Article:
Senator McGuire Campaigns to Keep Seat

Photo by Daysha Eaton, KSKA - Anchorage

During this past Legislative session, Senator Lesil McGuire has honed in on creating policies that support natural resource and renewable energy development. McGuire has served a dozen years and she is currently the youngest Senator in Juneau. She’s being challenged by fellow Republican Jeff Landfield in the primary.

Senator Lesil McGuire is just finishing up a campaign event in Papago Field, near Arctic & C streets in South Anchorage.

“We had neighbors out here today for ice cream just to catch up and talk about what’s going on,” McGuire said.

She wants to work with the community to improve roads and clean up the park. Through redistricting she traded out the Sand Lake area for the Arctic and C Street and Taku Lake areas near Papago Park. McGuire has a special interest in preventing crime and protecting children. She chaired the House judiciary committee from 2003 to 2006, to make things tougher for criminals, especially those that prey on kids. But recently she’s shifted a lot of her focus to energy issues. She agrees with Governor Sean Parnell that the state must lower taxes on oil companies.

“First there’s the trans-Alaska Pipeline, as an immediate focus. That’s 90 percent of our economy. And Right now we’re down to 523,000 barrels a day. It is our lifeline, economic lifeline for sure. And even though there’s a need to diversify our economy, that is something we’ve got to focus on right away. So I think getting a tax structure in place that will attract more investment to the state is the number one priority for me,” McGuire said.

She’s also for building an in-state natural gas pipeline and on marketing that gas to Asia. But she’s not all oil and gas all the time. One thing that she’s proud of is having created some funds to begin diversifying Alaska’s economy. One is an emerging energy tech fund.

“My dream is that Alaska can become a place where those bright minds out there will come and say let’s try our energy technology in a place that has such high energy costs, as sort of a laboratory,” McGuire said.

On forward funding for the Anchorage School District, McGuire says that would help, and she’ll keep pushing for it. But she’s quick to add that after that, it’s up to the district to get better results, and that means looking at teachers and classrooms.

“I think that we should pay our teachers well and I do feel like they should show support for those supplies. I also really feel that there is an issue going on with respect to crowding in the classrooms and we do have to look at that,” McGuire said.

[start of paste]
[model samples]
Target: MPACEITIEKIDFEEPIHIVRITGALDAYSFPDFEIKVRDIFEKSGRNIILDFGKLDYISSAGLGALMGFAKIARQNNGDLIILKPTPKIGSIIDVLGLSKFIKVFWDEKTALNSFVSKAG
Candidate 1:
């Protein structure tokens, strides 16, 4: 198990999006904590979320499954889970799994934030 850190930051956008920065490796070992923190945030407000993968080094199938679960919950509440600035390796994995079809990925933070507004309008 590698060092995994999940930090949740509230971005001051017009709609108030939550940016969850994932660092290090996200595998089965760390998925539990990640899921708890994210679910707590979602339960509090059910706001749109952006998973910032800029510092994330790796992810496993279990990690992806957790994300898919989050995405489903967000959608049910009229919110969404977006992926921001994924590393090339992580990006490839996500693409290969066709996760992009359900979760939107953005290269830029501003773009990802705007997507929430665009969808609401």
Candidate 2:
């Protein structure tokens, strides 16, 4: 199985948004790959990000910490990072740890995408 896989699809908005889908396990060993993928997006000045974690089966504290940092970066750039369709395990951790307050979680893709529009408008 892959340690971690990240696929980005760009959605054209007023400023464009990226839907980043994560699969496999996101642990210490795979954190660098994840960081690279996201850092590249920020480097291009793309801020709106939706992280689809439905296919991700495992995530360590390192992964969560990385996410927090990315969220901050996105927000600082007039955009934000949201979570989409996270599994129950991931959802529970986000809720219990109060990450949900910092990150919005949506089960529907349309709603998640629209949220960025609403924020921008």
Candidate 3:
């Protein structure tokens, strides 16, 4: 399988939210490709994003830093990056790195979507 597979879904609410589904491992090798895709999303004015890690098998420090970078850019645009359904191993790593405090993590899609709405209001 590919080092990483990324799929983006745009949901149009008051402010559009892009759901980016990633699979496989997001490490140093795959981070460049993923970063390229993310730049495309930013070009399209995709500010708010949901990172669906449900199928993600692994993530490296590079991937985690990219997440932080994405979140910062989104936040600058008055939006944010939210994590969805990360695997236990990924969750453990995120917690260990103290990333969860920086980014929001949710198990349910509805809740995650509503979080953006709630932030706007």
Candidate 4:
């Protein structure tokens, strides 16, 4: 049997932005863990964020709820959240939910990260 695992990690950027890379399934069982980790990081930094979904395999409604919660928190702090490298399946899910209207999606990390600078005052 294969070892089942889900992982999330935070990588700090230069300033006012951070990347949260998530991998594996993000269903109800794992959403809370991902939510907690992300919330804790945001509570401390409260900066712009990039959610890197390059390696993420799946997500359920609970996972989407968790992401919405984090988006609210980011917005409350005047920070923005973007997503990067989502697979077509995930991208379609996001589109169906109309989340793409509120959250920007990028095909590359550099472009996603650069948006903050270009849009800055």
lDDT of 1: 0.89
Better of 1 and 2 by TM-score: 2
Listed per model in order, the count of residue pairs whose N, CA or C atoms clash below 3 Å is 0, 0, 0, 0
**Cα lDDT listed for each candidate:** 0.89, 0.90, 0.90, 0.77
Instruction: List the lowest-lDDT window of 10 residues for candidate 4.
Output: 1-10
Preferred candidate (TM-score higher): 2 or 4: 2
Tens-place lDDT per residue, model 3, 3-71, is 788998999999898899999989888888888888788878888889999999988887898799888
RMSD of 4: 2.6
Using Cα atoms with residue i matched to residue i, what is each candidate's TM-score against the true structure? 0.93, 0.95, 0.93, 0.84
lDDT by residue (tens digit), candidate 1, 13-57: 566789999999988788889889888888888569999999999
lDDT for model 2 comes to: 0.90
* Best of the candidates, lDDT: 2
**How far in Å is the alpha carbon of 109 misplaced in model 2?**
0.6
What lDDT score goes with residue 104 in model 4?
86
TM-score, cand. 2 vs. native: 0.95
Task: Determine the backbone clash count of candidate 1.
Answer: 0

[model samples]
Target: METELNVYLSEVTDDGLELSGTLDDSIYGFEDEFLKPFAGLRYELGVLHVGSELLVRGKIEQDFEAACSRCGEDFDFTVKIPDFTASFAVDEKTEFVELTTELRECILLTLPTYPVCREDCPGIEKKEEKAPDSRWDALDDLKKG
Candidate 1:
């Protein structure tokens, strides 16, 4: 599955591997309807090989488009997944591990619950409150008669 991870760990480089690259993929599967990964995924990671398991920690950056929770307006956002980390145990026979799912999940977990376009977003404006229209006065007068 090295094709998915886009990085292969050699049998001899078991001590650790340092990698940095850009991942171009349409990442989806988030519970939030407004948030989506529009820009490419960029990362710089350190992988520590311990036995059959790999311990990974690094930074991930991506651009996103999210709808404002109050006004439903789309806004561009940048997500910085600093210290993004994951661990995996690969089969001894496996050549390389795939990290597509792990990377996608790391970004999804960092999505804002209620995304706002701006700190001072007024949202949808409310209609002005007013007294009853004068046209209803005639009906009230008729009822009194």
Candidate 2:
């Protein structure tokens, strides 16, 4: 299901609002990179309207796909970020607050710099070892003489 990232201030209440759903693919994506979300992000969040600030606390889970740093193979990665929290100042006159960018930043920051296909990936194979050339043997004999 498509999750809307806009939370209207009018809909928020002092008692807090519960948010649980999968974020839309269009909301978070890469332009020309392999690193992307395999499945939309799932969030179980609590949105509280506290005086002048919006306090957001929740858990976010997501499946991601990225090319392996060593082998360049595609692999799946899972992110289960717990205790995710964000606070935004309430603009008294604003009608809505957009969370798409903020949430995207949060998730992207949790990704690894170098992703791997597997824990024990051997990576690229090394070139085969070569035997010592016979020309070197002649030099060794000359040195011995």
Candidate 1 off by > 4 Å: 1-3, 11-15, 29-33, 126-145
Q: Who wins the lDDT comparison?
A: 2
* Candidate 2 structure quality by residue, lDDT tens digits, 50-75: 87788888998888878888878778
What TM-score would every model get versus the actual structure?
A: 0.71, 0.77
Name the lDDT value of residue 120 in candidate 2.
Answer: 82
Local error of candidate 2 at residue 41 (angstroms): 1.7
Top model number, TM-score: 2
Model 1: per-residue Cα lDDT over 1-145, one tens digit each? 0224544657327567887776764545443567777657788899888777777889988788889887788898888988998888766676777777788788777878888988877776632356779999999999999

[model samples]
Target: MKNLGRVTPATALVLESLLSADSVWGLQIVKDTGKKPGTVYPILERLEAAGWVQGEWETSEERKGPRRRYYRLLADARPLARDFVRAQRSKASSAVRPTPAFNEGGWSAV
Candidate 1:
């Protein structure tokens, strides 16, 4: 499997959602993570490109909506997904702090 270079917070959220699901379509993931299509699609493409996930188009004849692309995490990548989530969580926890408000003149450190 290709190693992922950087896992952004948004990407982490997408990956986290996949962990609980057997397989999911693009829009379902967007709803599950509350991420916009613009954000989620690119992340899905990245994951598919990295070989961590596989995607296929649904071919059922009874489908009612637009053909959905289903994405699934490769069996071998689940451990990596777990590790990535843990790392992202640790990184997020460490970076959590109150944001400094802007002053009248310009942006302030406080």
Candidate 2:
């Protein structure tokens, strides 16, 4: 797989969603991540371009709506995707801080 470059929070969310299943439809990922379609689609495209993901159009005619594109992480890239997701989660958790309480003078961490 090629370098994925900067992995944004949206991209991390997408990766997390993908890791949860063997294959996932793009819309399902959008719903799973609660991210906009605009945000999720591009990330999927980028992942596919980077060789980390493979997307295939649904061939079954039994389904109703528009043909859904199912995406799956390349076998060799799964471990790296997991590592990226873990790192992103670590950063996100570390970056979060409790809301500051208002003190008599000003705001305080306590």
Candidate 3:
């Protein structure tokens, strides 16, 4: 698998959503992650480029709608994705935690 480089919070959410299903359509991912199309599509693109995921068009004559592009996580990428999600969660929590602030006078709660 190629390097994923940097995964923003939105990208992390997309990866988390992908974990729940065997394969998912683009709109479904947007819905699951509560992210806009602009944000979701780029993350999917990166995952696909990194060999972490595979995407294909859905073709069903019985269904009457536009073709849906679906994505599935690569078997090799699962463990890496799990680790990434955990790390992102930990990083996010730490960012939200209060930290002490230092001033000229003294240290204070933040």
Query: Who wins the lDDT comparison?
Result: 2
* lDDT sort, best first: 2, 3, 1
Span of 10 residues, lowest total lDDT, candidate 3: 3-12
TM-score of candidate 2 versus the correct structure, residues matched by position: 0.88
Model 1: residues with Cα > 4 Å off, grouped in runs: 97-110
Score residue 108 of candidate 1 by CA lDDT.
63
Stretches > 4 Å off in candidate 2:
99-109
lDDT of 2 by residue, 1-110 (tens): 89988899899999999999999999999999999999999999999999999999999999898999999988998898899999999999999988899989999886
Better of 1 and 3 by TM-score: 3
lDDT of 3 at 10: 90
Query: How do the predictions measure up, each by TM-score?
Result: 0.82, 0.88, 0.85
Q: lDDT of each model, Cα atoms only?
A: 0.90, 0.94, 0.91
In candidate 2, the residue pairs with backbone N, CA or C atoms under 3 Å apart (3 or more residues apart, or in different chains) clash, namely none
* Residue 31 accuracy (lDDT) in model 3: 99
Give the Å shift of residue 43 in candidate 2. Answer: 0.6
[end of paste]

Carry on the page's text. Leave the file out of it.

McGuire says she will also keep pushing to increase the base student allocation. On affordable housing she says legislators simply have to find ways to increase the supply.

“Are there some grants out there, are there federal grants, some innovative partnerships that we can do? We’ve done it downtown. We’ve done it in some of the areas where there were blighted properties, you know section 8 housing and things like that, but haven’t really done it in South Anchorage. We haven’t done it in places where people want to live,” McGuire said.

She says more affordable, perhaps mixed use, housing must be considered throughout Anchorage, adding it’s particularly critical for single women, veterans and young families. She says she’ll also make access to healthcare a priority, especially for kids. McGuire says the challenges in education, housing and healthcare show that the state and Anchorage, in particular, are behind when it comes to addressing a growing and changing population.

“We’re trying to catch up to the city that we’ve become. And so we’re just gonna have to sit down and spend some time collecting our resources,” McGuire said.

Lesil McGuire will appear on the primary ballot running against fellow Republican Jeff Landfield on August 28.

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Daysha Eaton is a contributor with the Alaska Public Radio Network. Daysha Eaton holds a B.A. from Evergreen State College, and a M.A. from the University of Southern California. Daysha got her start in radio at Seattle public radio stations, KPLU and KUOW. Before coming to KBBI, she was the News Director at KYUK in Bethel. She has also worked as the Southcentral Reporter for KSKA in Anchorage. Daysha's work has appeared on NPR's "Morning Edition" and "All Things Considered", PRI's "The World" and "National Native News". She's happy to take assignments, and to get news tips, which are best sent via email. Daysha became a journalist because she believes in the power of storytelling. Stories connect us and they help us make sense of our world. They shed light on injustice and they comfort us in troubled times. She got into public broadcasting because it seems to fulfill the intention of the 4th Estate and to most effectively apply the freedom of the press granted to us through the Constitution. She feels that public radio has a special way of moving people emotionally through sound, taking them to remote places, introducing them to people they would not otherwise meet and compelling them to think about issues they might ordinarily overlook.

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